Sometimes it takes a small bank to make a community grow. From granting SBA loans quickly and easily to offering Massachusetts Free Checking Accounts with no strings attached, small Massachusetts banks are a helping hand in the community. In fact, that interpersonal connection is a crucial element in what makes small banks tick. With branches located in only specific regions of the country, small banks know their market and work in the interest of cultivating that market to its fullest potential. Knowing one’s community is a powerful asset. It is true that both small and large banks employ individuals from the surrounding area. Naturally, employees would have insider knowledge of their neighborhood: not only understanding which mall is profitable but why that mall works. The difference is what branch workers can do with that information. Small banks are not tied down by the bureaucracy of larger financial institutions. For example, in recent years, large banks have shied away from granting student loans to individuals based entirely on their level of risk. Small banks use a different method when considering loan applications. While individual risk is still a factor in the loan process, Bankrate.com writes that small banks typically place a lot more emphasis on one-on-one interviews. (http://www.bankrate.com/finance/college-finance/more-small-banks-offering-student-loans-1.aspx) Bank employees are given leeway to make decisions based on their personal knowledge of the loan applicant in addition to the traditional risk-factor method. Small businesses are granted the same consideration. Big banks have the advantage of having more branches and offering loans at competitive interest rates. However, getting access to those loans is another story. According to the Small Business Administration (SBA), community banks in Massachusetts will typically accept more loan applications than large financial institutions. (http://www.sba.gov/category/lender-navigation/search-sba lenders?order=Lender_Name&sort=asc&office=0101) In addition to issuing more loans than larger banks, Massachusetts Community Banks stand loyally next to free-checking while big banks have taken a step back. For example, Bankdirector.com points out that many large financial institutions have dissolved their policy of reimbursing out-of-network ATM fees if they don’t maintain a $2,000 daily account balance. Other big banks have gradually done away with free-checking entirely. Citigroup doesn’t offer free-checking to new customers. Mike Moebs, founder of Meobs Services (an economic research firm), told bankdirector.com that community banks have smaller operating costs which allows them to continue offering free checking. It gives local financial institutions a competitive edge. (http://blog.bankdirector.com/community-banks-will-still-offer-free-checkin) With free-checking and easier access to Massachusetts Small Business Loans and student loans, small banks take care of their community.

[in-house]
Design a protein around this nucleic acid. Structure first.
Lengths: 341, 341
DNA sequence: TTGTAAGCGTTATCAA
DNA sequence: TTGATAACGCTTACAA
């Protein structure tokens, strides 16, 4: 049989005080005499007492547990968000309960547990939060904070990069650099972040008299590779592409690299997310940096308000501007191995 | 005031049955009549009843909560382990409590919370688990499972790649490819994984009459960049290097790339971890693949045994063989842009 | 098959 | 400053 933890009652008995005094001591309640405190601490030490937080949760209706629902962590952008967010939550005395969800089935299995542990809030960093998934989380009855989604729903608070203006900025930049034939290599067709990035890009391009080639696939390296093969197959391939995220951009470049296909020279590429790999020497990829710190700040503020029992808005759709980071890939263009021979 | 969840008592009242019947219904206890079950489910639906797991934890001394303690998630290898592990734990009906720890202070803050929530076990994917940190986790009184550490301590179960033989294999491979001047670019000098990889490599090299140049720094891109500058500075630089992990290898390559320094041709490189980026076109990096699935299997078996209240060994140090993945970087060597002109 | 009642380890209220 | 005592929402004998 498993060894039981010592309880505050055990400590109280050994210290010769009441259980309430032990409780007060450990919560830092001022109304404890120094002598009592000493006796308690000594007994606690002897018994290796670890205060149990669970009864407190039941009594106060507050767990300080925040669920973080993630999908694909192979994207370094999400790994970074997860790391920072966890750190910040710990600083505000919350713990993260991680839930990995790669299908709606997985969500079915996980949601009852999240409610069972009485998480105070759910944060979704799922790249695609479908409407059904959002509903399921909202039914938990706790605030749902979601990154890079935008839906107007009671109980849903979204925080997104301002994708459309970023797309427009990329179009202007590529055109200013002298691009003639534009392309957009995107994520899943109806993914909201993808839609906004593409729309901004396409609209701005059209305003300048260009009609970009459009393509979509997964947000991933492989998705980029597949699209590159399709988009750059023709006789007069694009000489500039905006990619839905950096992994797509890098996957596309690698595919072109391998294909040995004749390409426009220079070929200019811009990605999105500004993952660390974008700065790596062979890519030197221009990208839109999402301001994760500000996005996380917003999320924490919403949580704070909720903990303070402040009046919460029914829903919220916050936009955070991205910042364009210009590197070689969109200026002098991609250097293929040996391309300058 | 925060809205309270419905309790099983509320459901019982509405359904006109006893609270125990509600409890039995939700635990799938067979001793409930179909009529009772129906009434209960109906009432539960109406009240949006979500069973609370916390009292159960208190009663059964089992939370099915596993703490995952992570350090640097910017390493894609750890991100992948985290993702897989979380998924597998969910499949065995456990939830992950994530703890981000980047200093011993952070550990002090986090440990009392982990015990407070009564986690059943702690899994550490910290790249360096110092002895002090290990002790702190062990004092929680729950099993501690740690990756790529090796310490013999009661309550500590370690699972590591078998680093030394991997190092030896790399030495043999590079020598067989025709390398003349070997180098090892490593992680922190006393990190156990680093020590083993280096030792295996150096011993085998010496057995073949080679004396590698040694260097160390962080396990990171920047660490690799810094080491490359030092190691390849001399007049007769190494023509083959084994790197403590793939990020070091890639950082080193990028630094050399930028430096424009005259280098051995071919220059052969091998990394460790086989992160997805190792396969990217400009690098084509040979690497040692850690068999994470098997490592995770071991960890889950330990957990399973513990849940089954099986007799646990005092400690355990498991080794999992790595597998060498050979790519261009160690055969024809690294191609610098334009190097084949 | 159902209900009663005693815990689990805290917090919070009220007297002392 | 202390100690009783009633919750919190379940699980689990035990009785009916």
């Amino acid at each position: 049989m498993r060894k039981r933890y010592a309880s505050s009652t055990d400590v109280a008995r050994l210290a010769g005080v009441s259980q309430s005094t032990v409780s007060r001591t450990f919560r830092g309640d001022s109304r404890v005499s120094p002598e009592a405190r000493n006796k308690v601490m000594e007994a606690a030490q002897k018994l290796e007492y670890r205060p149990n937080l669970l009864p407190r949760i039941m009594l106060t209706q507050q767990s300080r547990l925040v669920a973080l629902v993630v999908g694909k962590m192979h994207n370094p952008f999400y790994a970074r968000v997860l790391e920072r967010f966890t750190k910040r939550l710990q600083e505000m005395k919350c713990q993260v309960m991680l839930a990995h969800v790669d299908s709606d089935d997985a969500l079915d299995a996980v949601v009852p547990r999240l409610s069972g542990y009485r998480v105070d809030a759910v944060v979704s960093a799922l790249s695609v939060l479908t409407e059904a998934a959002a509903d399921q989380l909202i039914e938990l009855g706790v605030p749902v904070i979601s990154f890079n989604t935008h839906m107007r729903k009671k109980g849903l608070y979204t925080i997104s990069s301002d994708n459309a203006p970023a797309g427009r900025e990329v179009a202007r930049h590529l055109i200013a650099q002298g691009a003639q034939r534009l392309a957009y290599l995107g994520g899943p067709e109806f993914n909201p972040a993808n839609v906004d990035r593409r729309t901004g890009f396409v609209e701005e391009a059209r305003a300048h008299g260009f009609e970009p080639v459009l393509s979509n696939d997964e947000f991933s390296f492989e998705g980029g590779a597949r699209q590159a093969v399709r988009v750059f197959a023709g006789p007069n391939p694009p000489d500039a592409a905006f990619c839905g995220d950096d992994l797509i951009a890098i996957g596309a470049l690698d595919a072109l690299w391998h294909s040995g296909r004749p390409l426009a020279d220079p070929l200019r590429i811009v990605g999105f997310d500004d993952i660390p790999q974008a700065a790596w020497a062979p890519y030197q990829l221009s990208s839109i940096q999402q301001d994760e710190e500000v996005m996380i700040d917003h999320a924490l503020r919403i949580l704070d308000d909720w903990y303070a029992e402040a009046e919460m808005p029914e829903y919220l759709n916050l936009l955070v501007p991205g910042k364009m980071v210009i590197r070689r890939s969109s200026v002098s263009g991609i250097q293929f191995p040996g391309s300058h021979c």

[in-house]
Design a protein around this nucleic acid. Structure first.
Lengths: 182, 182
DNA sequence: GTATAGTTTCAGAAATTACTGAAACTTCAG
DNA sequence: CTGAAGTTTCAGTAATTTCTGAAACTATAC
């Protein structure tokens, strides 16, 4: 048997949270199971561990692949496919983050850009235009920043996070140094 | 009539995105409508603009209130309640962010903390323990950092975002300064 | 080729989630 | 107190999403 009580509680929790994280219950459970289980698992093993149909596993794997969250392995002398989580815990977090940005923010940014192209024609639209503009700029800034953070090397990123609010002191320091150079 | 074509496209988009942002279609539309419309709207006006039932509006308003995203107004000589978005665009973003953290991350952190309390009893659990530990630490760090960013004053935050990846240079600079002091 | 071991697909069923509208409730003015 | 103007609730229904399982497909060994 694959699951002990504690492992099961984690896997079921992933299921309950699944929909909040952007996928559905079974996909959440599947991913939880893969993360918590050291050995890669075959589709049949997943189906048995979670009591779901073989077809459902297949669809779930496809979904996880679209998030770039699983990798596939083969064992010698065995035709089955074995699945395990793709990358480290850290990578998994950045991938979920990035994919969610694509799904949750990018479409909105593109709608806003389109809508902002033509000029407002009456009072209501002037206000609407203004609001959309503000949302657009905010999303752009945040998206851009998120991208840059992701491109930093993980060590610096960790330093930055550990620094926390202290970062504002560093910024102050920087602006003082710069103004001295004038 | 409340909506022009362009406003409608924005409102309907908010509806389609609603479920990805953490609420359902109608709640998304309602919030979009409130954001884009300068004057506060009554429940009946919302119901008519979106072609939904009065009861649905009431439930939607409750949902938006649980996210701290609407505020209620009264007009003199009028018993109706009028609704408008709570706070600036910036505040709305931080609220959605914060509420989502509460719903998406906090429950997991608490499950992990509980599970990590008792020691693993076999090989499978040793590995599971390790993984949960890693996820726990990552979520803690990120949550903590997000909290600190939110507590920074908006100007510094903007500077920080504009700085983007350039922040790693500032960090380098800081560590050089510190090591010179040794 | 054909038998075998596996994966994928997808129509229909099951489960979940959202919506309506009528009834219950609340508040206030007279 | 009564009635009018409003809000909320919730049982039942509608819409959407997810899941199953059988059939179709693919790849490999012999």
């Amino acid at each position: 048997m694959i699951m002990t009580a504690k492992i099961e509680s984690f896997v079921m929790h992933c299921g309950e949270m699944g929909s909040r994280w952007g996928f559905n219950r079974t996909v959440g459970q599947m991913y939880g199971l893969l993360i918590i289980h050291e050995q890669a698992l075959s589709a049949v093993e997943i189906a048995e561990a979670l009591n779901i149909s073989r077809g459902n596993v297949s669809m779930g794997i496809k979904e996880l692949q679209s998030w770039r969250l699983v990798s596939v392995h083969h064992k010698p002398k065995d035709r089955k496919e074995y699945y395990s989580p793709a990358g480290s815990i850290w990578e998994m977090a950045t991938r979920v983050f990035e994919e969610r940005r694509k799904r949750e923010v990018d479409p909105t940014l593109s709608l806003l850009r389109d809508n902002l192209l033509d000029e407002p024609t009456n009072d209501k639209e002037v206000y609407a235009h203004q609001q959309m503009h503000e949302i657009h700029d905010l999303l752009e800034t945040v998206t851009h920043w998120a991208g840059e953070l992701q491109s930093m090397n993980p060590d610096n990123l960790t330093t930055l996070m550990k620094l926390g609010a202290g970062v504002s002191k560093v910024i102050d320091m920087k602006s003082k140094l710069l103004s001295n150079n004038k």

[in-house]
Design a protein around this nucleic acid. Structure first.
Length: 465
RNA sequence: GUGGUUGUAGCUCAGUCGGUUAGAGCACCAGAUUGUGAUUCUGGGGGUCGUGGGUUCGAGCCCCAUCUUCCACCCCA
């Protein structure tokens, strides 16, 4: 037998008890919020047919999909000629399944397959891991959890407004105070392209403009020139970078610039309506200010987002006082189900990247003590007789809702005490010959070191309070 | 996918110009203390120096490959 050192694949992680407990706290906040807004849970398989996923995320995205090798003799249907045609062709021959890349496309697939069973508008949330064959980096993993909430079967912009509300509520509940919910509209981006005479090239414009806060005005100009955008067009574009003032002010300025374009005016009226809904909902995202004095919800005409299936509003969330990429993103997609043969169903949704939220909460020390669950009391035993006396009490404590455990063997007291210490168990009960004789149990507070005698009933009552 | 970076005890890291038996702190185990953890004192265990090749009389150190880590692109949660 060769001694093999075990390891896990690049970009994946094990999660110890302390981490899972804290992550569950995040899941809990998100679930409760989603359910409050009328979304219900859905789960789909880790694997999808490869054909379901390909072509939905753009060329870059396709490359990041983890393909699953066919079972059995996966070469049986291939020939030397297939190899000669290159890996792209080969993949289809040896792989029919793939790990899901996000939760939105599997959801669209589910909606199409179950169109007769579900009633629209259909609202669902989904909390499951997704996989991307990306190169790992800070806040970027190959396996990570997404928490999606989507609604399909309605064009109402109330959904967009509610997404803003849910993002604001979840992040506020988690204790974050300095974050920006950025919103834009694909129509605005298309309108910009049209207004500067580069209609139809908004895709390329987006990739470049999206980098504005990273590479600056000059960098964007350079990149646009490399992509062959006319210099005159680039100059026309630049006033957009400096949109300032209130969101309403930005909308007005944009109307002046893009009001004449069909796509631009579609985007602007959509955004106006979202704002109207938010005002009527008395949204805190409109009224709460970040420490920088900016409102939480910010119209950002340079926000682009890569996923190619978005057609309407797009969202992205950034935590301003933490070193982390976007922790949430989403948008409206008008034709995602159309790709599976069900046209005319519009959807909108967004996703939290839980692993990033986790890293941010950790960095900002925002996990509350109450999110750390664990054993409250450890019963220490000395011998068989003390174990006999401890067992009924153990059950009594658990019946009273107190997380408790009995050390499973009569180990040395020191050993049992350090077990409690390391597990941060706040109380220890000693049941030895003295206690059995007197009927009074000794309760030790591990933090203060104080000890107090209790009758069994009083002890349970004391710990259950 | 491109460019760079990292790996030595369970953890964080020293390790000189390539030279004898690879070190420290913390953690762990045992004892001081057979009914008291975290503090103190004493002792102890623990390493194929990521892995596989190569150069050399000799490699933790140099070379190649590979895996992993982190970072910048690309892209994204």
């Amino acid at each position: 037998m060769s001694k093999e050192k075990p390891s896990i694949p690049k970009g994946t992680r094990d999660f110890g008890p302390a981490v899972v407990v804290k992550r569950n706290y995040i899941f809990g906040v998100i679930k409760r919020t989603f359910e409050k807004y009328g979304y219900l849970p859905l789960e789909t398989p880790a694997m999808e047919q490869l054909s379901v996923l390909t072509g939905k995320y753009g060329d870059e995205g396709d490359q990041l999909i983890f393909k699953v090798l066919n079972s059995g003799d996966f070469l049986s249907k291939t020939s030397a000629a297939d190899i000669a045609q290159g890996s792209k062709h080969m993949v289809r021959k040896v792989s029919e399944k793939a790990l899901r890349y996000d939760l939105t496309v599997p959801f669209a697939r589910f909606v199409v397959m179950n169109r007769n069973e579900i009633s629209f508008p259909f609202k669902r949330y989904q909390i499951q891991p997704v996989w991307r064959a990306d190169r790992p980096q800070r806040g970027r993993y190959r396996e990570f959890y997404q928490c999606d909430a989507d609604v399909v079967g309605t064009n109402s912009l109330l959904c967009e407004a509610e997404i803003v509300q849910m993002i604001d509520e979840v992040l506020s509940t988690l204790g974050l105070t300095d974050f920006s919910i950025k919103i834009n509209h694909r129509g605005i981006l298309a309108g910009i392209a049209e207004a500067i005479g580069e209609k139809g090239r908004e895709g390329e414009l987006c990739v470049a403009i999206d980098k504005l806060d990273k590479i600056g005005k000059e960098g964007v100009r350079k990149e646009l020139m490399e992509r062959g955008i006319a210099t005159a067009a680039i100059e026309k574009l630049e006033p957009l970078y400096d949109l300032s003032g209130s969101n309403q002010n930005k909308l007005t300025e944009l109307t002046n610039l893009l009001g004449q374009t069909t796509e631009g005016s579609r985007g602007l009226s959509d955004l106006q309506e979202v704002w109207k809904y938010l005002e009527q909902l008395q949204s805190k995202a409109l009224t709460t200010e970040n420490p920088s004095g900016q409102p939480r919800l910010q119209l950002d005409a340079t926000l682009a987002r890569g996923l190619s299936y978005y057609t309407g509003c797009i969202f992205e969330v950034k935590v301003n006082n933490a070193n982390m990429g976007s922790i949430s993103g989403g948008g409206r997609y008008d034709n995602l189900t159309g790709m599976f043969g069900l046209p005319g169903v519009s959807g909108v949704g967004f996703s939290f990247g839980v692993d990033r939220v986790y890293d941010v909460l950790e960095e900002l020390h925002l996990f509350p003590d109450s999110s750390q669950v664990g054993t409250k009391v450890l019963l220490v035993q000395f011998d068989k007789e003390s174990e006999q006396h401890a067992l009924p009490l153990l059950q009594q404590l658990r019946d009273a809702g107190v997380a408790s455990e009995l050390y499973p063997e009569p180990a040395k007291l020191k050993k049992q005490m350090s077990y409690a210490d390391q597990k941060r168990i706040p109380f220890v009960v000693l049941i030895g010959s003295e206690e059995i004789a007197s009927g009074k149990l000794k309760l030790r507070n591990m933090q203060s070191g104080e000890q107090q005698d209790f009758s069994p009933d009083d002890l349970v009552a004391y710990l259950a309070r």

Morgan is a resident of Massachusetts. She writes about local banking and the difficulties of choosing the best Massachusetts mortgage rates and Massachusetts small business loans. She also writes about Massachusetts auto loans and other local finance related topics.Tags: interest rates